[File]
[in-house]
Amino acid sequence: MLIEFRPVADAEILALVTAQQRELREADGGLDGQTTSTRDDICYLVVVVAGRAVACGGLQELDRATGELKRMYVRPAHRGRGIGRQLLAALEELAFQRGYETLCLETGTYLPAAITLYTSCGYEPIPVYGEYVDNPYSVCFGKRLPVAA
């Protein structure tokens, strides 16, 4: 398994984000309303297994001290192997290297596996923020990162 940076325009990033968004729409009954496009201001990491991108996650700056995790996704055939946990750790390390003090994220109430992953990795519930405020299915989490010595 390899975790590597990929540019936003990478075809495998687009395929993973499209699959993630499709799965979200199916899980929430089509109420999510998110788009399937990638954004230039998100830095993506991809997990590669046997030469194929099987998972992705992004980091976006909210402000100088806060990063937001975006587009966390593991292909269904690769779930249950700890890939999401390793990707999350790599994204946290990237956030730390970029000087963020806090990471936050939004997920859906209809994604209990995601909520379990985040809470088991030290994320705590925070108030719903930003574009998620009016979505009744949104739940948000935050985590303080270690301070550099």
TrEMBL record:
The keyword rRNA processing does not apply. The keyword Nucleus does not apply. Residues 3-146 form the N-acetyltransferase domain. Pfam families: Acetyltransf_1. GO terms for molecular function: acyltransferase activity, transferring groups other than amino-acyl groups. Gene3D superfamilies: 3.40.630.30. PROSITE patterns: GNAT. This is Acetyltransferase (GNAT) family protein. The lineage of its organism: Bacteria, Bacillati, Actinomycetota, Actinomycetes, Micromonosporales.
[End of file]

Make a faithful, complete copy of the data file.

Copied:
[in-house]
Amino acid sequence: MLIEFRPVADAEILALVTAQQRELREADGGLDGQTTSTRDDICYLVVVVAGRAVACGGLQELDRATGELKRMYVRPAHRGRGIGRQLLAALEELAFQRGYETLCLETGTYLPAAITLYTSCGYEPIPVYGEYVDNPYSVCFGKRLPVAA
């Protein structure tokens, strides 16, 4: 398994984000309303297994001290192997290297596996923020990162 940076325009990033968004729409009954496009201001990491991108996650700056995790996704055939946990750790390390003090994220109430992953990795519930405020299915989490010595 390899975790590597990929540019936003990478075809495998687009395929993973499209699959993630499709799965979200199916899980929430089509109420999510998110788009399937990638954004230039998100830095993506991809997990590669046997030469194929099987998972992705992004980091976006909210402000100088806060990063937001975006587009966390593991292909269904690769779930249950700890890939999401390793990707999350790599994204946290990237956030730390970029000087963020806090990471936050939004997920859906209809994604209990995601909520379990985040809470088991030290994320705590925070108030719903930003574009998620009016979505009744949104739940948000935050985590303080270690301070550099």
TrEMBL record:
The keyword rRNA processing does not apply. The keyword Nucleus does not apply. Residues 3-146 form the N-acetyltransferase domain. Pfam families: Acetyltransf_1. GO terms for molecular function: acyltransferase activity, transferring groups other than amino-acyl groups. Gene3D superfamilies: 3.40.630.30. PROSITE patterns: GNAT. This is Acetyltransferase (GNAT) family protein. The lineage of its organism: Bacteria, Bacillati, Actinomycetota, Actinomycetes, Micromonosporales.